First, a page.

The conclusion here, in the story of the rich young ruler, can the wealthy be saved? That was the question. Jesus says, it is really hard, it’s like a camel going through an eye of a needle. It’s almost impossible.  And, yet Zacchaeus, the answer is: “today salvation has come to your house Zacchaeus, and you are a child of Abraham.”
            Now what is interesting in the story, remember how we were telling how you write a story, that the beginning and the end are very similar? It’s very interesting Jesus stops at the spot and Zacchaeus is up in a tree and he said to him “Zacchaeus come down immediately, I must stay at your house today.” That’s how the story begins. “I am going to come to your house today Zacchaeus I am going to stay at your house.” How does the story end? “Today salvation has come to this house.” Do you get the association? The story opens with Jesus coming to his house and then Jesus announces “today salvation has come to this house.” What is Luke doing in writing this story? I think he is associating Jesus with salvation. I am coming to your house: salvation is coming to your house. Actually they have a literary thing they call this an inclusio. It begins the same way it ends. Jesus comes to his house, salvation comes to his house. The story is bounded, kind of like bookends, it’s bounded by Jesus comes, salvation comes to this man’s house. It’s associating Jesus as savior and Jesus is the savior of all men, including Zacchaeus.


E.  Implications of Zacchaeus [17:47-23:37]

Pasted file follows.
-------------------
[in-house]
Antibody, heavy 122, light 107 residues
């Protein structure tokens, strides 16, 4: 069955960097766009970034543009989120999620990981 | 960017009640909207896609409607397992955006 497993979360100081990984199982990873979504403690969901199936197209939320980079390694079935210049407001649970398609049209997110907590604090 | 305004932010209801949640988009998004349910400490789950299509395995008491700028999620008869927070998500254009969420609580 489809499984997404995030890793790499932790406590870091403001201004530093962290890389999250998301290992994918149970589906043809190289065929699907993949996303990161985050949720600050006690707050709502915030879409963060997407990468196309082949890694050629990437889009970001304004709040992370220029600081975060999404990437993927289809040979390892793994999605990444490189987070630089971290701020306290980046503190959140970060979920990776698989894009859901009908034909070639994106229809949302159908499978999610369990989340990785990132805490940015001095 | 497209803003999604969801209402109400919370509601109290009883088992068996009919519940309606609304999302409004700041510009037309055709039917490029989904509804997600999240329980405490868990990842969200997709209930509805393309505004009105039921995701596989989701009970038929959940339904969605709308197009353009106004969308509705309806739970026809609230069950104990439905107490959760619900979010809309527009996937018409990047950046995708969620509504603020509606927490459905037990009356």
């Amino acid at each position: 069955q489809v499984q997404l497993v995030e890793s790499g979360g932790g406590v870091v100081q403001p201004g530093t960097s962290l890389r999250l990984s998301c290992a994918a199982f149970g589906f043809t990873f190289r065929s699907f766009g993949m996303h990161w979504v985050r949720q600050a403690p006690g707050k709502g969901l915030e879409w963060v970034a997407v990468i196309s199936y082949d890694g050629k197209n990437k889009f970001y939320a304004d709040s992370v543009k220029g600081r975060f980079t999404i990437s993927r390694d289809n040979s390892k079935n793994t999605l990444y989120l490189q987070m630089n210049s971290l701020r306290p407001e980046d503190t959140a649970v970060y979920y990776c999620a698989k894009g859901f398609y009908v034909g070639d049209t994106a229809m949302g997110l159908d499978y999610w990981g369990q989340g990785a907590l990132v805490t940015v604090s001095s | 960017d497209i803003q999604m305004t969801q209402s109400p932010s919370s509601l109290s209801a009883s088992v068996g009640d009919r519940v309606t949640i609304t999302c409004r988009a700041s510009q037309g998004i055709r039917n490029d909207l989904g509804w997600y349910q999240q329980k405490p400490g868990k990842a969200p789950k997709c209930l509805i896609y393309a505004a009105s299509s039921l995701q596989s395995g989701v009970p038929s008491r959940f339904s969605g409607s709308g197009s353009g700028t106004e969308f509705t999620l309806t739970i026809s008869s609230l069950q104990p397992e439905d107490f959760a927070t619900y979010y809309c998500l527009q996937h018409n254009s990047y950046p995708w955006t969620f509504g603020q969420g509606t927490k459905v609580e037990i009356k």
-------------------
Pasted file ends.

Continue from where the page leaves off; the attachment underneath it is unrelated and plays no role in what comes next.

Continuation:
This raises and interesting story for me from my past in terms of this thing. Does Zacchaeus say, “O, I believe in the Lord Jesus Christ and you shall be saved?” Does it say anywhere that Zacchaeus believed in Jesus? No. What you see is Zacchaeus’ actions. He gives half of his wealth to the poor. He repays anybody he has ripped off four times what he stole. Once upon a time I taught at a maximum security prison in Indiana for about a decade. I would teach at a college during the day and then we would ride up to, about an hour and a half ride, Michigan City to a maximum security prison up there. In that class there was a man we used to call Probo. His name was John Shultz but we used to call him Probo and Probo was one of the smartest guys I’ve ever taught, actually, but he was an older guy. He came out of Vietnam, he was a Vietnam vet and he was imprisoned because he killed a couple guys, it was bad. Probo sat in class and he would never take a note and when he would take my tests he would get hundreds on my tests. He had like a photographic memory and he could remember anything you said, he could remember. I think he got that in the military where they would offer commands and he was special services in the military. He could just remember what you said and he was a really bright guy. Well what happened was I taught at Grace College for about 20 years and then I came out to Gordon College in the Boston area and Probo was getting out of prison and he was about 55 at the time and he was getting out of prison and he actually got out of prison and he actually told me, “Ted, when I get out of prison,” he’s a big Harley guy, and he was going to get a Harley and he said he was going to come to the college campus and buzz me. In Indiana they take the mufflers off of the Harleys so they make a lot of noise and huge noises you can hear a mile away. So I’m always up in my office at Gordon College saying one of these days, and I prayed for Probo he was out of prison for a couple years and he married a Christian girl. I always thought that was so weird because Probo wasn’t really a Christian, as a matter of fact, he would challenge me in class and any time he could find an error in the Bible he would be all over me and call it a bunch of things. We would go back and forth and we would have kind of an argument. I really enjoyed the guy he was a really bright guy, but he was Probo, he was always probing something and coming at me with stuff. Well, he got out of prison, I was praying for him and I was away here at Boston and this was back in Indiana and turns out that about a year after he died I found out that he had been dead for about a year and a half.  He was riding his motorcycle and his coat had got caught in the back tire and he had gotten projected off of his motorcycle head first into a guardrail and was killed instantly.